One song in particular (I Ain't Goin' Nowhere) seems inspired by Johnny Cash. Are you a big fan?

Actually, I wrote that before I even knew that Johnny Cash had redone that song (I've Been Everywhere). I knew it from the Hank Snow version, because Hank Snow, although he was Nashville-based, was Canadian. So early on in my radio career, that song qualified as Canadian content and used to get played on Canadian radio all the time.

Now, it's all over television, because I think they licensed it for commercial use for ... what is it, a motel or something?

Yeah, it's for a motel or a car or something.

Yeah, it's on TV now. But to answer your question, I love Johnny Cash and always have. Nobody's better.

A lot of people don't know you were a DJ before SCTV came along. Was music your first love?

Yeah, I think so many of my friends that grew up in the '60s kind of put down our hockey sticks and picked up electric guitars. I don't know if it was like that in the States for kids, but we were so profoundly affected by the rock revolution in the '60s. ... It got really under our skins and into our heads and hearts.

It's always been a big passion of mine. I was able to do a lot of music on SCTV, and I was really lucky to do a musical; I got to sing the part of Seymour in Little Shop of Horrors. But this is something I've pretty much always either wanted to do or knew that eventually I would get around to doing. So it comes really naturally to me.

Do you have any favorite lyrics on the album?

Well, they're all my children, as they say. (Laughs.) ... The one called Four More Beers, which has a little bit to do about the electoral process in this country, has a bridge in it which is, "I wanna live in a swing state/A perpetual state of swing." I like the idea of that. But the song that I'm getting surprisingly the most positive feedback on is the SOS song, which is made up all of acronyms.

Wow. You just mentioned Little Shop of Horrors— I can't remember the last time I've seen you in a movie. So, uh, where have you been? Did you quit acting altogether?

I pulled out of making movies in about '96 or '97. I'm a single parent, and I just found that it was too difficult to manage raising my kids and doing the traveling involved in making movies. So I took a little bit of a break. And the little bit of a break turned into a longer break, and then I found that I really didn't miss it.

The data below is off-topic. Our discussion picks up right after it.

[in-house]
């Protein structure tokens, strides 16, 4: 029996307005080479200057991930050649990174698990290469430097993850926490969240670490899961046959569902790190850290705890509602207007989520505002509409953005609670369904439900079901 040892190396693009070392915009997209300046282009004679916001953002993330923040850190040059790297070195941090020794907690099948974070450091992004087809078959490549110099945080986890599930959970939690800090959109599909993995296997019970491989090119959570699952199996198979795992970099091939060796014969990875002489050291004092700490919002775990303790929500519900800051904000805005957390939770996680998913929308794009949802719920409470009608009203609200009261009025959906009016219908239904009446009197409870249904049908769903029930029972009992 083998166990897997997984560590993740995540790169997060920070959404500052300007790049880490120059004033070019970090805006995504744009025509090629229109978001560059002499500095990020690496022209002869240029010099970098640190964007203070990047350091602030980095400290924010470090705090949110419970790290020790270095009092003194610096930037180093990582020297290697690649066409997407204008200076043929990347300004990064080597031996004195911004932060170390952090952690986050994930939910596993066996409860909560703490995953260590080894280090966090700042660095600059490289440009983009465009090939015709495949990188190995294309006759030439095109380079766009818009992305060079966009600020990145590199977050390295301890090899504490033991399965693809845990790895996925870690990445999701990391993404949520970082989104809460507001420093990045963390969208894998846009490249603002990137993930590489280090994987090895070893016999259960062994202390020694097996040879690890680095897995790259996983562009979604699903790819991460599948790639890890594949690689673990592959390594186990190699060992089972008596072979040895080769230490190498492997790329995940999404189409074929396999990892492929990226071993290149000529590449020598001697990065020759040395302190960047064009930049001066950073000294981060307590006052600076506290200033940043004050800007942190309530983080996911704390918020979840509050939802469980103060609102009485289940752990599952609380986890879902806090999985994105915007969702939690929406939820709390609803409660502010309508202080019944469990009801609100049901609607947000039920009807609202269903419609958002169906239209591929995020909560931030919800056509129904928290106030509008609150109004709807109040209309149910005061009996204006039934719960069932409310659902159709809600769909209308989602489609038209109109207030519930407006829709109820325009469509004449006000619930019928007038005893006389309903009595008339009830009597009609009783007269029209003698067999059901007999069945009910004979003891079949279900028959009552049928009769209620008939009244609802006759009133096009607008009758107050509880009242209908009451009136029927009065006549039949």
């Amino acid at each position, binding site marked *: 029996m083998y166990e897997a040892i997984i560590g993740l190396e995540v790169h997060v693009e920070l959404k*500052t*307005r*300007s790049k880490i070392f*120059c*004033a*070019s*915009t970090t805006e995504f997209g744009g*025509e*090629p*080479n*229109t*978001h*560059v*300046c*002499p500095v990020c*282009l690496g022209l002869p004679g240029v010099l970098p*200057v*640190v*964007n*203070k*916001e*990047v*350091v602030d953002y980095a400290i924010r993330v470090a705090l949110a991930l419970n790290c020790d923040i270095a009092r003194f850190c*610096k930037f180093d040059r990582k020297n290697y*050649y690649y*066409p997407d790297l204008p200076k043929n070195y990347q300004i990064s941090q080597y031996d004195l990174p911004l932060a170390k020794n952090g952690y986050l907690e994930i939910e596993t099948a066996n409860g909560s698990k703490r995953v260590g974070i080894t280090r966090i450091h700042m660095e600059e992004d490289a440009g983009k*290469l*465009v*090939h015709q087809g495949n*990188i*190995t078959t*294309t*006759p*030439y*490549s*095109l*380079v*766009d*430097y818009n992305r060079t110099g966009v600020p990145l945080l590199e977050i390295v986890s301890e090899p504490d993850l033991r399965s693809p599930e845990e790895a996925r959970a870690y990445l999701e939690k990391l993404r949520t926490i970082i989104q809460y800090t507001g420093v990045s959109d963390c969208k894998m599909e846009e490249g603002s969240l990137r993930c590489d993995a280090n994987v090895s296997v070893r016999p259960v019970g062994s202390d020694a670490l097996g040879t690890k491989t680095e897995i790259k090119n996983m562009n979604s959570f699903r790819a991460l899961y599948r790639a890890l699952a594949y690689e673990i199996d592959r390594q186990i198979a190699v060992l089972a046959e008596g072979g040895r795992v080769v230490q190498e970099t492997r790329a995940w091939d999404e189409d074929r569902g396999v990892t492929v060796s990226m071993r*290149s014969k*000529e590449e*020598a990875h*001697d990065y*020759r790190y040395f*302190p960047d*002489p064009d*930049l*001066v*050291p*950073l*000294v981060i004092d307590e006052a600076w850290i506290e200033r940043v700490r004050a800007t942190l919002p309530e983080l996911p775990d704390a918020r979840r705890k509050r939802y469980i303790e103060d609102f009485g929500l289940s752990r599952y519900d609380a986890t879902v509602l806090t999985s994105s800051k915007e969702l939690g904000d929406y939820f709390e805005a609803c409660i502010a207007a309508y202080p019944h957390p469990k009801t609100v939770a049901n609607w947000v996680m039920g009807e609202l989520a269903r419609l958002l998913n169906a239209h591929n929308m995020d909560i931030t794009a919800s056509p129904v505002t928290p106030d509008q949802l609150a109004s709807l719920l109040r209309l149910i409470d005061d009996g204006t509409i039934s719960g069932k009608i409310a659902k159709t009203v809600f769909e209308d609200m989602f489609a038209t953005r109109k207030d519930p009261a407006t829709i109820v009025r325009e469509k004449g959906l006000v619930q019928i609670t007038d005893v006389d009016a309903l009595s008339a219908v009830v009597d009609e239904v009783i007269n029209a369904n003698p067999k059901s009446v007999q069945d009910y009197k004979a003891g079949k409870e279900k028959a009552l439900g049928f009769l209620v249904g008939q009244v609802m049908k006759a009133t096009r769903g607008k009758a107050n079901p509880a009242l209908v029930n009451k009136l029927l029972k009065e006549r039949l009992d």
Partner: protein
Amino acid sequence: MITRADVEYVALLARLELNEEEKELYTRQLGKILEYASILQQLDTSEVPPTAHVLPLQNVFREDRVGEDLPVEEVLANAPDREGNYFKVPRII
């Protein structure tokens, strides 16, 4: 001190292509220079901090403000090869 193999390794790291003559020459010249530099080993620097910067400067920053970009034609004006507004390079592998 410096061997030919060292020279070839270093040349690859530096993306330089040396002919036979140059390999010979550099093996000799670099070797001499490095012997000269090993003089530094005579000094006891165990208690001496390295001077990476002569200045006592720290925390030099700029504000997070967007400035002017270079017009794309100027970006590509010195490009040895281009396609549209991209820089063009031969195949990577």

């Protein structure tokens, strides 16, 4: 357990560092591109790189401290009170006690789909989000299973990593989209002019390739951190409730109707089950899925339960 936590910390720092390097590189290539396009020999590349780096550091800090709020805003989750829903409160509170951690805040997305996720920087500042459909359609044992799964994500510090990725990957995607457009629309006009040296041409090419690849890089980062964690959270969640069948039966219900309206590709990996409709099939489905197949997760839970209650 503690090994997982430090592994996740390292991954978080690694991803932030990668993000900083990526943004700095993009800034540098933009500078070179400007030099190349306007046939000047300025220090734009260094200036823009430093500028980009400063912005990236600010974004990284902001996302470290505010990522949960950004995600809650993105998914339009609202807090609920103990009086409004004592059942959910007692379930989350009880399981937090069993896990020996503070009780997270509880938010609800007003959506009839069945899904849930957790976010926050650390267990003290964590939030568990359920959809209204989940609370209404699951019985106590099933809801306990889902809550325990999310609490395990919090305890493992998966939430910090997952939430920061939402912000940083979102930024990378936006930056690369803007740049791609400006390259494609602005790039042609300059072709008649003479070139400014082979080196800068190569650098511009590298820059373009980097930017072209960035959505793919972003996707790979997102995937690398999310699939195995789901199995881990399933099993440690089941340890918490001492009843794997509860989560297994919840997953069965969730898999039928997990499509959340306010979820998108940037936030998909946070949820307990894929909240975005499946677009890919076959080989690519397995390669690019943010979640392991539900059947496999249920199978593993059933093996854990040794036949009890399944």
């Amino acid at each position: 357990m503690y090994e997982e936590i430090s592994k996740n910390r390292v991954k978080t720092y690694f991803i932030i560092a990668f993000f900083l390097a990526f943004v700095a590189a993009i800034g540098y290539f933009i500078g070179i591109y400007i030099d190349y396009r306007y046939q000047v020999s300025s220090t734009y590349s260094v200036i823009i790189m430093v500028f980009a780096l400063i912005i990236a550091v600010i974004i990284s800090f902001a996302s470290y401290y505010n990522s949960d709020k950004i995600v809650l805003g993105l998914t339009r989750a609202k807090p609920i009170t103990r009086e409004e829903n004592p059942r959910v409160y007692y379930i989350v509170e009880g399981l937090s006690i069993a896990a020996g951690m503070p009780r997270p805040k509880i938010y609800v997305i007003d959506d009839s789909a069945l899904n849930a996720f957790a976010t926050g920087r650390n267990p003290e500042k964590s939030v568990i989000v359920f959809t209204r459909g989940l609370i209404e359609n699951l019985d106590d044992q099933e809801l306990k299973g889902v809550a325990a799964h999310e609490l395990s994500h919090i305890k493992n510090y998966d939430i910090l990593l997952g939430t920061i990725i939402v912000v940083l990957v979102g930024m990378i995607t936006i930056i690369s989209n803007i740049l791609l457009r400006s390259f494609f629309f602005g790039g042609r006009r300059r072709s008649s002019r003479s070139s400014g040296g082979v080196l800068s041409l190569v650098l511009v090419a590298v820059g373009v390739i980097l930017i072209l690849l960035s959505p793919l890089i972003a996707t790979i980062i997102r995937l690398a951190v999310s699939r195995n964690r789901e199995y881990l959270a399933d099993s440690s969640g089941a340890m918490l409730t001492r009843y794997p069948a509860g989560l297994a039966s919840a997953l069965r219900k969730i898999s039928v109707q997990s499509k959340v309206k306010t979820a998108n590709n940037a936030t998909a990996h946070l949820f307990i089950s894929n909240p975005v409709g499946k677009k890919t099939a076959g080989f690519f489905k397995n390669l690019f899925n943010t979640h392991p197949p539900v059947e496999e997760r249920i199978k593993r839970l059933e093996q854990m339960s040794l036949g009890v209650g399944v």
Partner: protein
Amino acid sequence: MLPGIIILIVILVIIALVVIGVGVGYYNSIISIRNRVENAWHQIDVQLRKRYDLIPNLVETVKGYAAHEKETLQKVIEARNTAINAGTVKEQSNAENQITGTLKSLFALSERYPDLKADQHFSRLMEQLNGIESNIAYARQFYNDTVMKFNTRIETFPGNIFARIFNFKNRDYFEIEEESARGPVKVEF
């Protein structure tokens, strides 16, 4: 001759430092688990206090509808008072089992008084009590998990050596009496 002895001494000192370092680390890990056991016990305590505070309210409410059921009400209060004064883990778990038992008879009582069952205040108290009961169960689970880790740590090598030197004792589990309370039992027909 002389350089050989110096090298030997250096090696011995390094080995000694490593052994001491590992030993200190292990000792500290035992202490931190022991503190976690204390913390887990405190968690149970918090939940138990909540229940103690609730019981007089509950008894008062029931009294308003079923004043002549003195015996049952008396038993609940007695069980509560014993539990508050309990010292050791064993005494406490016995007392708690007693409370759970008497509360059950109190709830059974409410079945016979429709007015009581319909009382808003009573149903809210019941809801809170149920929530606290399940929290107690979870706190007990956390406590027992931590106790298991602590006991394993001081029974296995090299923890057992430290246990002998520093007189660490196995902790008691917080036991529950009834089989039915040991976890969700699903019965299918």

In the last few years I've been offered a number of parts in movies, and I've just turned them down. I don't know whether I'll go back to it or not. I've been doing a lot of writing and a lot of parenting, and now I'm doing this.

I bet you still get recognized on the street, though. What role do most people know you from?

Well, I'm recognized less so than I used to be, just because I'm not out there like I was 10 years ago. And also, being the agoraphobic cowboy, I really don't leave my neighborhood all that much. (Laughs.)

It really depends. There are fans of some of the old movies that'll mention those, and there's people that have little kids that'll look at me and say, "Wow, I just watched Honey, I Shrunk the Kids 35,000 times, and here you are!"

What kind of stuff are you listening to now?

Either WQXR, which is the classical radio station in New York, or WBGO, the jazz station out of Newark — one of those is on in the house all the time. And then there's what comes out of the kids' computers and what comes out of their rooms, which these days, more and more, has been jam bands: Yonder Mountain String Band and Widespread Panic and String Cheese Incident and bands like that.

So you haven't decided whether you're going to take this thing on the road.

(Laughs.) Well, I don't have a record company that's forcing me to. And the album only came out last week ... so it's a little bit early. We'll see.